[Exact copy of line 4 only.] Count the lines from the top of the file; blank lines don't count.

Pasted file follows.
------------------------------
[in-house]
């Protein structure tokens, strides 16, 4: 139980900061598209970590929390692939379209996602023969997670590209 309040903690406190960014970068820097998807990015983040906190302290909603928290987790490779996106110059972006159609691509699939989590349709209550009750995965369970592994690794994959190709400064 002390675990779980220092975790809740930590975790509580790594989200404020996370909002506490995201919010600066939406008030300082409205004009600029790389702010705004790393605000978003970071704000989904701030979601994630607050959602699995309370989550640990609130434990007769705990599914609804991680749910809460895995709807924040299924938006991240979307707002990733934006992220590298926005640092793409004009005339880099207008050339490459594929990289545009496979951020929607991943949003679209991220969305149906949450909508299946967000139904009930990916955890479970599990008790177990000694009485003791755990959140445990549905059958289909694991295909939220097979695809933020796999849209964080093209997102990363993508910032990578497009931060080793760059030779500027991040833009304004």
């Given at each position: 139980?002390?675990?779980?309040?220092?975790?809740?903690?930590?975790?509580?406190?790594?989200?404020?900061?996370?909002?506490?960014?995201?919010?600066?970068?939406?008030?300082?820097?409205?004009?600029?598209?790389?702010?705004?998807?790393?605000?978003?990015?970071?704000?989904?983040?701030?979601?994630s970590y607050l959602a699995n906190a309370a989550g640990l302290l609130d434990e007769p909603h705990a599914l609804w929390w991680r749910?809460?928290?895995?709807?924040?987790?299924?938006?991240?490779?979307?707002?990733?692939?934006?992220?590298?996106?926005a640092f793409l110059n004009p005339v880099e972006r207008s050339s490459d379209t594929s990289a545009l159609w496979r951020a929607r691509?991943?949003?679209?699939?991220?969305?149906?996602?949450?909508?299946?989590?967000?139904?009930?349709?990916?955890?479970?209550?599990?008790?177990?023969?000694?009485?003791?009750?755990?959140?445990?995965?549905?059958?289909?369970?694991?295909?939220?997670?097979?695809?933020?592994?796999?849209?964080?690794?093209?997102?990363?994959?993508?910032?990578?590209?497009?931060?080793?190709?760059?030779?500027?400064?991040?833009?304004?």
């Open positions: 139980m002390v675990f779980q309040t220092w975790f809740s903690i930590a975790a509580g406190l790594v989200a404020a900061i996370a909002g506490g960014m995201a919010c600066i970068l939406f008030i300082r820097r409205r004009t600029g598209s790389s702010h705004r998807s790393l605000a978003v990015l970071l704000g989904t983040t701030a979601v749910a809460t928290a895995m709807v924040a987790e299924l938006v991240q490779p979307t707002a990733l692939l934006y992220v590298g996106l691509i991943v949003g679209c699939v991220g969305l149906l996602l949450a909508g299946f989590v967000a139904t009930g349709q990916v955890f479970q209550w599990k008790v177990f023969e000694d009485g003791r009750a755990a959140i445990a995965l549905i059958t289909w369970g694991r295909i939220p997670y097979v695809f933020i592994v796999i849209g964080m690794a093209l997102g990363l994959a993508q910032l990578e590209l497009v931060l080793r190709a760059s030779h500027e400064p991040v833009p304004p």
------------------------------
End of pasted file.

């Open positions: 139980m002390v675990f779980q309040t220092w975790f809740s903690i930590a975790a509580g406190l790594v989200a404020a900061i996370a909002g506490g960014m995201a919010c600066i970068l939406f008030i300082r820097r409205r004009t600029g598209s790389s702010h705004r998807s790393l605000a978003v990015l970071l704000g989904t983040t701030a979601v749910a809460t928290a895995m709807v924040a987790e299924l938006v991240q490779p979307t707002a990733l692939l934006y992220v590298g996106l691509i991943v949003g679209c699939v991220g969305l149906l996602l949450a909508g299946f989590v967000a139904t009930g349709q990916v955890f479970q209550w599990k008790v177990f023969e000694d009485g003791r009750a755990a959140i445990a995965l549905i059958t289909w369970g694991r295909i939220p997670y097979v695809f933020i592994v796999i849209g964080m690794a093209l997102g990363l994959a993508q910032l990578e590209l497009v931060l080793r190709a760059s030779h500027e400064p991040v833009p304004p």